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Homemade Bird Feeder

March 28, 2011

In our little home preschool we don’t so much have “subjects” that we teach as we do have one main subject called “learn-about-life.” In this little activity we learned about:

MATH: relative sizes, getting more for your money

WORKSHOP: simple construction skills & power tools

ART: painting & gluing

SCIENCE: bird diets, bird kinds

CONSERVATION: reuse, instead of buy new

The idea for making a bird feeder first got planted in the boys head from watching Curious George on PBS. Between episodes they watched a clip about some kids who made their own bird feeders out of OJ cartons. After asking me a few times if they could have a bird feeder, I Googled some ideas and thought that this one would be a good place to start.

On our next Walmart trip, I surprised the boys by going into the lawn and garden section to buy some seed. We selected a 10# bag of wild bird seed for about $7. Next to the bird seed were the pre-made bird feeders. “Mom, we can just buy a bird feeder right here!” suggested Monkey. And thus began the discussion of reusing an old bottle that would cost us nothing to make vs. spending $15 on a brand new one. Plus, making your own is way more fun and you learn while doing it, too! On the way to do the rest of our shopping, I spotted a large bucket of the same seed for $10. It was 20# of seed and came with a bucket! Now it was time for a talk about which was the better deal. Into the cart the 20# bucket went!

The next major thing I needed to acquire was some sort of large, sturdy, plastic jug. The directions recommended a well-cleaned bleach bottle. Of course, I didn’t have one of those around and I just recycled my large vinegar bottle a few weeks before. All my other Costco-sized bottles were still quite full. Where is the trash when you need it! Never fear, Squirt’s mom came to the rescue with her apple juice container and I think it worked out even better than a vinegar jug would have, because it didn’t have a handle.

After those things were taken care of, it was time to begin. Here is our way-too-many-step process of making a bird feeder. I could condense this into about 8 easy steps, but it’s way more fun to hear about all the mishaps along the way. =)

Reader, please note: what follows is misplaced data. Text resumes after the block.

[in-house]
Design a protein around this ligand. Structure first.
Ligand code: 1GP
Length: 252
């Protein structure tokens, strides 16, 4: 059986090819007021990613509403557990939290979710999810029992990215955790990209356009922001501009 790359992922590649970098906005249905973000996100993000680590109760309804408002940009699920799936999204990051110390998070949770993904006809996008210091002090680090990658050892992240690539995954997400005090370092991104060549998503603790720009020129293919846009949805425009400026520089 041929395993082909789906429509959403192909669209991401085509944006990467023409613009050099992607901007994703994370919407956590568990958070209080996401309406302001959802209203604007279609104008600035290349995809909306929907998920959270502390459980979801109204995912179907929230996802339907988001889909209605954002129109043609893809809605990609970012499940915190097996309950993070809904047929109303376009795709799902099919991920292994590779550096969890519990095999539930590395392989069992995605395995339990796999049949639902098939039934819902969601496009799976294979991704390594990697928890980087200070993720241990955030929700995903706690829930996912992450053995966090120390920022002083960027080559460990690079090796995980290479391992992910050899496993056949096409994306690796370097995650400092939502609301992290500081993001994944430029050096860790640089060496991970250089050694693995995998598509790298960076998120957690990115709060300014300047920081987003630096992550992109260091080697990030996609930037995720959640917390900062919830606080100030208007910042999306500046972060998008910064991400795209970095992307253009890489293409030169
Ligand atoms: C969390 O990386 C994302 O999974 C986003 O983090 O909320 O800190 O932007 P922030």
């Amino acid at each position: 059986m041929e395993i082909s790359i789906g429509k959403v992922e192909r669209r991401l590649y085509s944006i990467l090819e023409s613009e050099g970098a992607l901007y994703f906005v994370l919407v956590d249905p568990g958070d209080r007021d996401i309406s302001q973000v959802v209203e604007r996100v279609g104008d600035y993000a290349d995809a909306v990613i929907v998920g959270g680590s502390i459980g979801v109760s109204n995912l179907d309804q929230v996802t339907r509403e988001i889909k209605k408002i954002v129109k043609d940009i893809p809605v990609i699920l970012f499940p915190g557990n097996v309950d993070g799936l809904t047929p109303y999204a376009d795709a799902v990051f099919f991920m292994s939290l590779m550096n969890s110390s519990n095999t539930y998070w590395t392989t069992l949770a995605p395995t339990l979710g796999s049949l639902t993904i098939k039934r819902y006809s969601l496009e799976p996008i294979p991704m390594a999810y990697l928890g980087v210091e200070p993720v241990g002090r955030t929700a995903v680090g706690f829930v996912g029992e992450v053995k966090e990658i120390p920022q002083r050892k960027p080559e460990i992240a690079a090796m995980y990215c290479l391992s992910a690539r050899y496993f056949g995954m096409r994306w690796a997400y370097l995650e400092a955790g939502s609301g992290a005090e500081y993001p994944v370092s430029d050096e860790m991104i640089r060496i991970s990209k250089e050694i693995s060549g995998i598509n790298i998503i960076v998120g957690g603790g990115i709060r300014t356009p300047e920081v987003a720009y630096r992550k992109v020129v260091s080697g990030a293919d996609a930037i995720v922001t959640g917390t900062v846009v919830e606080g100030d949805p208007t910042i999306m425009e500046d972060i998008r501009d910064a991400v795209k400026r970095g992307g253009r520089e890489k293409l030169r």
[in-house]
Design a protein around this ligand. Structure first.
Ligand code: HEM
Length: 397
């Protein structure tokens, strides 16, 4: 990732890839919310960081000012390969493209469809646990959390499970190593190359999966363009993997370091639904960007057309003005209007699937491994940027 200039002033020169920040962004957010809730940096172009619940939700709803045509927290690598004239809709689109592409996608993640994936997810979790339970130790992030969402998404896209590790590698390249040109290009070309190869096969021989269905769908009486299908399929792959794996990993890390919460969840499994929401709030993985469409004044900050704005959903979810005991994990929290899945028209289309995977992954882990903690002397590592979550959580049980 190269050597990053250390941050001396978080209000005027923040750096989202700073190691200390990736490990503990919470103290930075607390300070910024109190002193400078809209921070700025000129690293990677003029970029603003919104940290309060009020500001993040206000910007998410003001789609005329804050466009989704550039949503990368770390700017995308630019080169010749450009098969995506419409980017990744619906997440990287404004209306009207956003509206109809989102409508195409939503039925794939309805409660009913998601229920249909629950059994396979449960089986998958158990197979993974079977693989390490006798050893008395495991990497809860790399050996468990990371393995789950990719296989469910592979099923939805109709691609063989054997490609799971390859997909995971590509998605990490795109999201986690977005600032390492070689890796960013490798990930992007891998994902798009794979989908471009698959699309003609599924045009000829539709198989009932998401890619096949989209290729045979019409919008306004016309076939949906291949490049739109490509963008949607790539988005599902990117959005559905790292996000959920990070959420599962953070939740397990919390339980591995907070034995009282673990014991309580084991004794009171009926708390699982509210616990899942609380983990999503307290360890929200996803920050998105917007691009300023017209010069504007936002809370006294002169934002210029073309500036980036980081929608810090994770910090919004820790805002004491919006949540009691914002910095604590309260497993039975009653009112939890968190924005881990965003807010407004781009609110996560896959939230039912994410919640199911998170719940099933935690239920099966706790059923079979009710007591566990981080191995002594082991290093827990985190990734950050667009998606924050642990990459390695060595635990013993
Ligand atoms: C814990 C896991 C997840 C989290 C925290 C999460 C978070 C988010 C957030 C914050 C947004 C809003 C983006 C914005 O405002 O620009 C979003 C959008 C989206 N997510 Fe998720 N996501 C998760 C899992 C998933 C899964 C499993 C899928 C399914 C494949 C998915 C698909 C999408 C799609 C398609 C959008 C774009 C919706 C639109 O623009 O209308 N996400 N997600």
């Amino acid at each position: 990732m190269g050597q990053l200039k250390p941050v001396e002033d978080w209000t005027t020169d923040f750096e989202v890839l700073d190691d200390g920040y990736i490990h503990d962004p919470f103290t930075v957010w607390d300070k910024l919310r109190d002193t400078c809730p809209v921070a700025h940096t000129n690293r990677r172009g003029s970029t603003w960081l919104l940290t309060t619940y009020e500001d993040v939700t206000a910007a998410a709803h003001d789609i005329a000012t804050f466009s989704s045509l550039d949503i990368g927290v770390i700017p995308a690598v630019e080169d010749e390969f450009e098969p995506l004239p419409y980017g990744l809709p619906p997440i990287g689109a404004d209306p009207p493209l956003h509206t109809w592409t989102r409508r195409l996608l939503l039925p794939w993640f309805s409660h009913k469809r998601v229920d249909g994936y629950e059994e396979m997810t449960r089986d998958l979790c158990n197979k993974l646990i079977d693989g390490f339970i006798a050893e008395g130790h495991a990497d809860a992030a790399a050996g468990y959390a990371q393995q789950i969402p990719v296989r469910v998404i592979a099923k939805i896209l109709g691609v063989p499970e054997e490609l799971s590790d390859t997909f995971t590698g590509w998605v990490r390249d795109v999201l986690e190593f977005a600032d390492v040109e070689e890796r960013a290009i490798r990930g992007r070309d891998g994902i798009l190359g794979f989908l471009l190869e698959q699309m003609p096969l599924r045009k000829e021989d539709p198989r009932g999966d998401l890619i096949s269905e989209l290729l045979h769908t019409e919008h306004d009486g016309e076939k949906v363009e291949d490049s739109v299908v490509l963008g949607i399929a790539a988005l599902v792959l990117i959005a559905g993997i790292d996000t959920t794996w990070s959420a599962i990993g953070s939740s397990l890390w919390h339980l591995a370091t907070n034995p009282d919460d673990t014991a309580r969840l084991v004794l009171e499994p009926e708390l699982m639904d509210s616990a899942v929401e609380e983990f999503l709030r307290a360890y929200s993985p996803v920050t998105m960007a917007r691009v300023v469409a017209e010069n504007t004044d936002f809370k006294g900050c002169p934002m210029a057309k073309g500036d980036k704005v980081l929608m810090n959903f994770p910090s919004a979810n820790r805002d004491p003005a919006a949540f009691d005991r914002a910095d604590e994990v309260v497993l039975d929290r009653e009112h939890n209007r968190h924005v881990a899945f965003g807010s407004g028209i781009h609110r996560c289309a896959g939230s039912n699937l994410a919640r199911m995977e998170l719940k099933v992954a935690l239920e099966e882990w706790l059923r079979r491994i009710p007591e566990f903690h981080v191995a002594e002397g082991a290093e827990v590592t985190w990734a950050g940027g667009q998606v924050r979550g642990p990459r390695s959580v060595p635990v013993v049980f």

Step 1:

Send children outside to gather sticks about the size of a pencil in diameter. If you’re smart you’ll give them a pencil to bring along for reference. If you’re me, you’ll just send them out and watch them bring back everything from twigs as thin as yarn to ones as thick as a good walking stick.

While the children are gathering twigs, you gather the rest of the materials and prepare the work space.

You will need:

large plastic bottle with lid

several pencil-sized twigs

drill

sandpaper

utility knife

hot glue gun

acrylic paint

paint brushes

twig snippers

strong string/twine/wire

mess containment device (newspaper/table cloth)

(yes, I forgot to get out some of my materials in the beginning)

Step 2:

Peel any label off the bottle so the paint will have an even surface to adhere to.

More importantly, so your tree doesn’t look like it’s got trash hanging from it!

Step 3:

Sand the surface of the bottle for better paint adhesion. I’m not sure if this is really necessary, but I really didn’t want our bottle shedding strips of paint after only a week outdoors. The original instructions didn’t mention anything about this, I just thought it might be a good thing to do.

Step 4:

Drill hole in the center of the cap that is big enough to feed a cord or wire through for hanging.

Get the drill ready and take a picture only to discover that the battery is dead. Go charge battery while moving on to step 5.

Step 5:

Cut out a hole 2-3 inches up from the bottom of the bottle. This Great Value Apple Juice container had the perfect handle-indents already on it, so I just followed that for a guide.

Oh, and give your kid the camera while you do the “adult only” parts to keep his interest.

Step 6:

Sand your newly cut holes because you can’t make a clean edge with a knife.

(yes, that would be Monkey still operating the camera)

Don’t want the little birdies getting cut!

Step 7:

Wash out the container to remove any sanding dust and remnants from the original contents of the container.

Wash especially thoroughly if you are using a bleach or detergent container.